Some commentators expect the win will trigger moves by the PiS to limit foreign ownership of Polands private media outlets. During the campaign, Duda and his backers chafed at criticism of the PiS by foreign-owned media companies, especially German ones. Railing against “foreign interference” at one rally, he accused Germany of trying to choose Polands president.
Duda focused his attacks on Fakt, a Polish tabloid partly owned by the German Axel Springer publishing group. His critics say foreign-owned media is a needed counterweight to state-owned Polish television, which they say acts as a mouthpiece for the PiS.
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Italy returns stolen Banksy tribute to victims of 2015 Paris attacks to France on Bastille Day
Issued on: 14/07/2020 – 19:37
Italy on Tuesday returned to France a stolen artwork by British arti..
Issued on: 14/07/2020 – 19:37
Italy on Tuesday returned to France a stolen artwork by British artist Banksy that was painted as a tribute to the victims of the 2015 Paris attacks at the Bataclan music hall.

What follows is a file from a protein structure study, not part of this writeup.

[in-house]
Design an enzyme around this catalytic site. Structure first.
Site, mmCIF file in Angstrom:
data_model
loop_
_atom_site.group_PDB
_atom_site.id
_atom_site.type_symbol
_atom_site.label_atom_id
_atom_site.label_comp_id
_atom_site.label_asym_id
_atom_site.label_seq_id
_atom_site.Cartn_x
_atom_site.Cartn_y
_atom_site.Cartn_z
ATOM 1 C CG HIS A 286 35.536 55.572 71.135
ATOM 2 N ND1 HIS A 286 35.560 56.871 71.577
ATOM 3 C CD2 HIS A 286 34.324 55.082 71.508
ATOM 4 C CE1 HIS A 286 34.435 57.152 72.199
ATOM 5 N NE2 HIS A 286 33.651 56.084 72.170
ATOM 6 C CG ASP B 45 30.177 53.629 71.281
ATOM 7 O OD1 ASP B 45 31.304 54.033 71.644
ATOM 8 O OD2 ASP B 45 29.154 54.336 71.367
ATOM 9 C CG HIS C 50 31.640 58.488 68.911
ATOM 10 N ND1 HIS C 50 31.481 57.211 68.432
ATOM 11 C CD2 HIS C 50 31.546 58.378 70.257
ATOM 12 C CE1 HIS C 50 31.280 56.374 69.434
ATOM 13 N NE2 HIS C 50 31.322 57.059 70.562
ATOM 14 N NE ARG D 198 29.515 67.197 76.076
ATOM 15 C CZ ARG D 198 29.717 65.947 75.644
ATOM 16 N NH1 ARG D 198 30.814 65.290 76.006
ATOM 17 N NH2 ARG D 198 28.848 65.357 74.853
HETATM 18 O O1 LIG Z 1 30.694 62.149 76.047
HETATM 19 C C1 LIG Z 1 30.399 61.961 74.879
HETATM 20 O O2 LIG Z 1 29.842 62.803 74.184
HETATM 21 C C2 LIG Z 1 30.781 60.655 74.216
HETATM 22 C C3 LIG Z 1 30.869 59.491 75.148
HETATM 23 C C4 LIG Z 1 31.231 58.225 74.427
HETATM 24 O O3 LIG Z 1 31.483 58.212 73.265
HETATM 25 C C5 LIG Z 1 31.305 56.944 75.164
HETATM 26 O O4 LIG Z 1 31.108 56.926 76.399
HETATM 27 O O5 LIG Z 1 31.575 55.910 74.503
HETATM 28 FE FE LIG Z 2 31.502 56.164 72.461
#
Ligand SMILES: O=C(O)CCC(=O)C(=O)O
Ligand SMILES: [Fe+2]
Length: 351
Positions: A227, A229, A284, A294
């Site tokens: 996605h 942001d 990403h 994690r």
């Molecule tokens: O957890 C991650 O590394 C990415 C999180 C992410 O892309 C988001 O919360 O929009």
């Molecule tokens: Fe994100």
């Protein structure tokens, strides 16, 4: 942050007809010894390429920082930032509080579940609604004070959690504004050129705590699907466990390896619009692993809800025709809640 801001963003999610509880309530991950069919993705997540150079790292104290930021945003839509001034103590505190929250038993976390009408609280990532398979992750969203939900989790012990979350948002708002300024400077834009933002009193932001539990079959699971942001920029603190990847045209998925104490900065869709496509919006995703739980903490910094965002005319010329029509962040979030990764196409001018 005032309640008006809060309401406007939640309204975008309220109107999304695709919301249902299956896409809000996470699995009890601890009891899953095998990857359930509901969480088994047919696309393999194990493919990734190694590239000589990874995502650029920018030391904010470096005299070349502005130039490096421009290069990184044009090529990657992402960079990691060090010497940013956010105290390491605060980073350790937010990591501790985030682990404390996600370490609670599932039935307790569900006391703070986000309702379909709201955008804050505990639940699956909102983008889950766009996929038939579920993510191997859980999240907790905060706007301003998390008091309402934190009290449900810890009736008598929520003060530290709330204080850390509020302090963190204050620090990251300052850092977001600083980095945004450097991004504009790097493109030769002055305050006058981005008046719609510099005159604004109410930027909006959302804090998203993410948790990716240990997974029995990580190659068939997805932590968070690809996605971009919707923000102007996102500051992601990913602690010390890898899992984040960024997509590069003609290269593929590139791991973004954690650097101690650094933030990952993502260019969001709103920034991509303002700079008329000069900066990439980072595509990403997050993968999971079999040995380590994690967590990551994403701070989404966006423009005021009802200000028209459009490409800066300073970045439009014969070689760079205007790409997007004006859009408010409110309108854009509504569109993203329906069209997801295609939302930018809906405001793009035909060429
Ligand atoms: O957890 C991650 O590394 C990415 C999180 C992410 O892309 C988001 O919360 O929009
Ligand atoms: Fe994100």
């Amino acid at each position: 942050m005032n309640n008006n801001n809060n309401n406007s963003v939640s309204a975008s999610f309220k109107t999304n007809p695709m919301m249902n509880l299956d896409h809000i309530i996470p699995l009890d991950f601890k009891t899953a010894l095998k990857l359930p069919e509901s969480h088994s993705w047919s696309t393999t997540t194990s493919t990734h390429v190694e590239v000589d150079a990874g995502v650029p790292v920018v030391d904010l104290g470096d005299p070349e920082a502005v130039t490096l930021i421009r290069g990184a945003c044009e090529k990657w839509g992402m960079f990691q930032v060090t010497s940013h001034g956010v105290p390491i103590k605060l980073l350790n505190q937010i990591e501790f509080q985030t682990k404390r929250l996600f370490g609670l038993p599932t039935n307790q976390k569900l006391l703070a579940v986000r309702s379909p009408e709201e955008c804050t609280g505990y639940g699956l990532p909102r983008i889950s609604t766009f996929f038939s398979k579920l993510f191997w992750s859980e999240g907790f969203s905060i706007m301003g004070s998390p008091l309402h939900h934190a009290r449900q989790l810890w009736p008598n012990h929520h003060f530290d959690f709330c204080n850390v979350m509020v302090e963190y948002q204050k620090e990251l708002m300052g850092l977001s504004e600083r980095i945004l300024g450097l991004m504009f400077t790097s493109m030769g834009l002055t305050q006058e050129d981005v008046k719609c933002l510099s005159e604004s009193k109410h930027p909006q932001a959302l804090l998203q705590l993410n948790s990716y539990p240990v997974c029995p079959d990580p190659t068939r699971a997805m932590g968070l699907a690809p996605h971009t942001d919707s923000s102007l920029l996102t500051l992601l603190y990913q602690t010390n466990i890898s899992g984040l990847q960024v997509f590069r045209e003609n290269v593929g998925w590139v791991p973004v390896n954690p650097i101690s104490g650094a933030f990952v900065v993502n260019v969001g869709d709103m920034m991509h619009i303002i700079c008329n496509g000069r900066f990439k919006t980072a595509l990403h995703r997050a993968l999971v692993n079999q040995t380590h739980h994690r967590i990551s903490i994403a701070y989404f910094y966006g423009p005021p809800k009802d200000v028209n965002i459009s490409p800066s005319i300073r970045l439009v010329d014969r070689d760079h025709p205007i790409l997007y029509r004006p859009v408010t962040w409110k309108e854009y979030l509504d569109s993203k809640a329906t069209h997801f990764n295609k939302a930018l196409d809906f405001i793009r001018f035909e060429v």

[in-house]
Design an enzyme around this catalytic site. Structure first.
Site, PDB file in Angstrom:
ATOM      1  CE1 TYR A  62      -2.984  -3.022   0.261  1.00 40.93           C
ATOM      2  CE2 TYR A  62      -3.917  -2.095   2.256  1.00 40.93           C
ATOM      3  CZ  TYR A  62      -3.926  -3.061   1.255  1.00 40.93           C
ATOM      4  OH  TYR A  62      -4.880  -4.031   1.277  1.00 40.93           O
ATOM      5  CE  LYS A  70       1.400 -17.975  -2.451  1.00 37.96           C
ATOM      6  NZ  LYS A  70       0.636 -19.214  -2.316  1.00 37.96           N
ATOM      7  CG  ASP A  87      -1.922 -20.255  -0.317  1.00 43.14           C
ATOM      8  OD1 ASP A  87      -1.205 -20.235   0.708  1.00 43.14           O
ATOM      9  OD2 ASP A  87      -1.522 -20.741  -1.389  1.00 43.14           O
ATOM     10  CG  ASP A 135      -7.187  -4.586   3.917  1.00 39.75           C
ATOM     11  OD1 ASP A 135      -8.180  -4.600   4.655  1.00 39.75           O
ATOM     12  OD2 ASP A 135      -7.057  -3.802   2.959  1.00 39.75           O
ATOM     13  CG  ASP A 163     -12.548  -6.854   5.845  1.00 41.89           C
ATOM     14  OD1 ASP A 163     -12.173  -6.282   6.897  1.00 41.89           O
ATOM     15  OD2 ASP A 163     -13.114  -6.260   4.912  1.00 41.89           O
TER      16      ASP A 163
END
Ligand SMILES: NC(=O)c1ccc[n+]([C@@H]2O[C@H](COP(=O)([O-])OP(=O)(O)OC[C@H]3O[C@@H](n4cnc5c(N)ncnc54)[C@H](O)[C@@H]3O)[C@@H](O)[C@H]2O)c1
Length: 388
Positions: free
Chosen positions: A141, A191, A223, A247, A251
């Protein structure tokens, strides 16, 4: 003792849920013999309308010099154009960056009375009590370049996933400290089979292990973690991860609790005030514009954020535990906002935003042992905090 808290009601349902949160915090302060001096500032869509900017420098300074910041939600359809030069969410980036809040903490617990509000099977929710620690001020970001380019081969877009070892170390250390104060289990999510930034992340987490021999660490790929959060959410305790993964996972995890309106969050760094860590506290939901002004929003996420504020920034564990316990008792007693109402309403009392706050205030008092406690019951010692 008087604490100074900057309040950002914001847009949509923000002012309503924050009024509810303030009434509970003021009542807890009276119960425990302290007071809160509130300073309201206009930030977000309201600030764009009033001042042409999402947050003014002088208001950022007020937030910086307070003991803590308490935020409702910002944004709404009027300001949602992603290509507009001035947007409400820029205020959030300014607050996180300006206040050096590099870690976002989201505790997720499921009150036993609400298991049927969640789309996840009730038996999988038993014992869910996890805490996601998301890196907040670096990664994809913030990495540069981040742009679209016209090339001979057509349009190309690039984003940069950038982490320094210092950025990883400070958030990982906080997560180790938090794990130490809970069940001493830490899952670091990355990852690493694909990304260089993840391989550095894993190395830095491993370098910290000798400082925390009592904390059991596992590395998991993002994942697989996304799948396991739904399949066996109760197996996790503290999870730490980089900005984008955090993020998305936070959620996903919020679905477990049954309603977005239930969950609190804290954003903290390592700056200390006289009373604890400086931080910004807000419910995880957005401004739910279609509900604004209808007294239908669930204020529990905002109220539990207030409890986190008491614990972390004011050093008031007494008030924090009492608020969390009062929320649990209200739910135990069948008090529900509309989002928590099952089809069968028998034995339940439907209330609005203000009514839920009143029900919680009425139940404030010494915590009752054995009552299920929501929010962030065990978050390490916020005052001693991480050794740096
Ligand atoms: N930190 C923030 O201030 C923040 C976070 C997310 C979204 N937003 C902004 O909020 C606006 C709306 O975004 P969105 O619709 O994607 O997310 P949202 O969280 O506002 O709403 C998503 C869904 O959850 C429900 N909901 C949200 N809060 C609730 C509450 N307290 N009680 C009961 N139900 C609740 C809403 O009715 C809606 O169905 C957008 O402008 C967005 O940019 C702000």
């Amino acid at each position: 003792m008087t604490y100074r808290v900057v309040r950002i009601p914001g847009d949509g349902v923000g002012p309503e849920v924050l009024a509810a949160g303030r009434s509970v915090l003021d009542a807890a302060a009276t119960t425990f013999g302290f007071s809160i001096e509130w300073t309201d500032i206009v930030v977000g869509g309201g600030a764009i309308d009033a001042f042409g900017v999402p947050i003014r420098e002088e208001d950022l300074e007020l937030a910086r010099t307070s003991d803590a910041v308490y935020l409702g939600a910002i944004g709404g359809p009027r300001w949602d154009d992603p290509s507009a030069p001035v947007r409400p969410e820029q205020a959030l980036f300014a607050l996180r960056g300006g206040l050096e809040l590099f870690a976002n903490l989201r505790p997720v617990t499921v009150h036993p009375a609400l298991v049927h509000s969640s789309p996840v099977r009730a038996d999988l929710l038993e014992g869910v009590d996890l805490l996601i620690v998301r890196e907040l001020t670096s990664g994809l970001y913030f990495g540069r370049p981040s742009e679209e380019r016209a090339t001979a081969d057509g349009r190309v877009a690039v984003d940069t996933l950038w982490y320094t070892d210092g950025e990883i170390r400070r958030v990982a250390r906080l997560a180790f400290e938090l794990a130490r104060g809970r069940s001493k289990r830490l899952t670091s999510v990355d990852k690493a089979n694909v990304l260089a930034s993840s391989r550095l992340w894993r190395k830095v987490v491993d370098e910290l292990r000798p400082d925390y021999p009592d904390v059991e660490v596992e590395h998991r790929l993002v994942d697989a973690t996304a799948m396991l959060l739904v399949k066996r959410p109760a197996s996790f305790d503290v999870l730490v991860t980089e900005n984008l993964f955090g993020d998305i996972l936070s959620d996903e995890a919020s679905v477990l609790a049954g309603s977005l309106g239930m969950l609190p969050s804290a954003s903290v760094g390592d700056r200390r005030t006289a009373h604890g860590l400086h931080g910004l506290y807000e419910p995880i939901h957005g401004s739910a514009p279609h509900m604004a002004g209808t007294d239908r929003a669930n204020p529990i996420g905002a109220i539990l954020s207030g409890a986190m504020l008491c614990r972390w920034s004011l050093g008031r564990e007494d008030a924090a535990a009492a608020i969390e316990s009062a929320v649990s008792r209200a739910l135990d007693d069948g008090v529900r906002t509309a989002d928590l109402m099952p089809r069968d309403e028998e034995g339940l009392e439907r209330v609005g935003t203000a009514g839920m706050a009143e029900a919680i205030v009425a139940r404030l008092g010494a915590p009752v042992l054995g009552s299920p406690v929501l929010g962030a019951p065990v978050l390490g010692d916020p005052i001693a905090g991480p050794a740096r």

The chief prosecutor in charge of the investigation, Michele Renzo, told the French ambassador that it was significant that the handover was occurring on Bastille Day, given the need to continue fighting for all freedoms.
“This door brings our minds back to the memory of the tragic and distressing event, and tells us that for liberty, for our individual liberties, we will always have to fight,” Renzo said at a ceremony in the French Embassy, where the artwork was being displayed for the holiday.
French officials last year had announced the theft of the piece, a black image appearing to depict a person mourning that was painted on one of the Bataclans emergency exit doors.
Ninety people were killed at the Bataclan on Nov. 13, 2015, when Islamic extremists invaded the music hall, one of several targets that night in which a total of 130 people died.
Italian authorities had announced last month that they had discovered the painted door in an attic in a country homeRead More – Source
#MeToo fallout at French video game company Ubisoft could signal industry shift
Issued on: 14/07/2020 – 17:41
After years of simmering controversy over sexism in the video game i..
Issued on: 14/07/2020 – 17:41
After years of simmering controversy over sexism in the video game industry, change may be on its way after outrage led to a management overhaul at Ubisoft.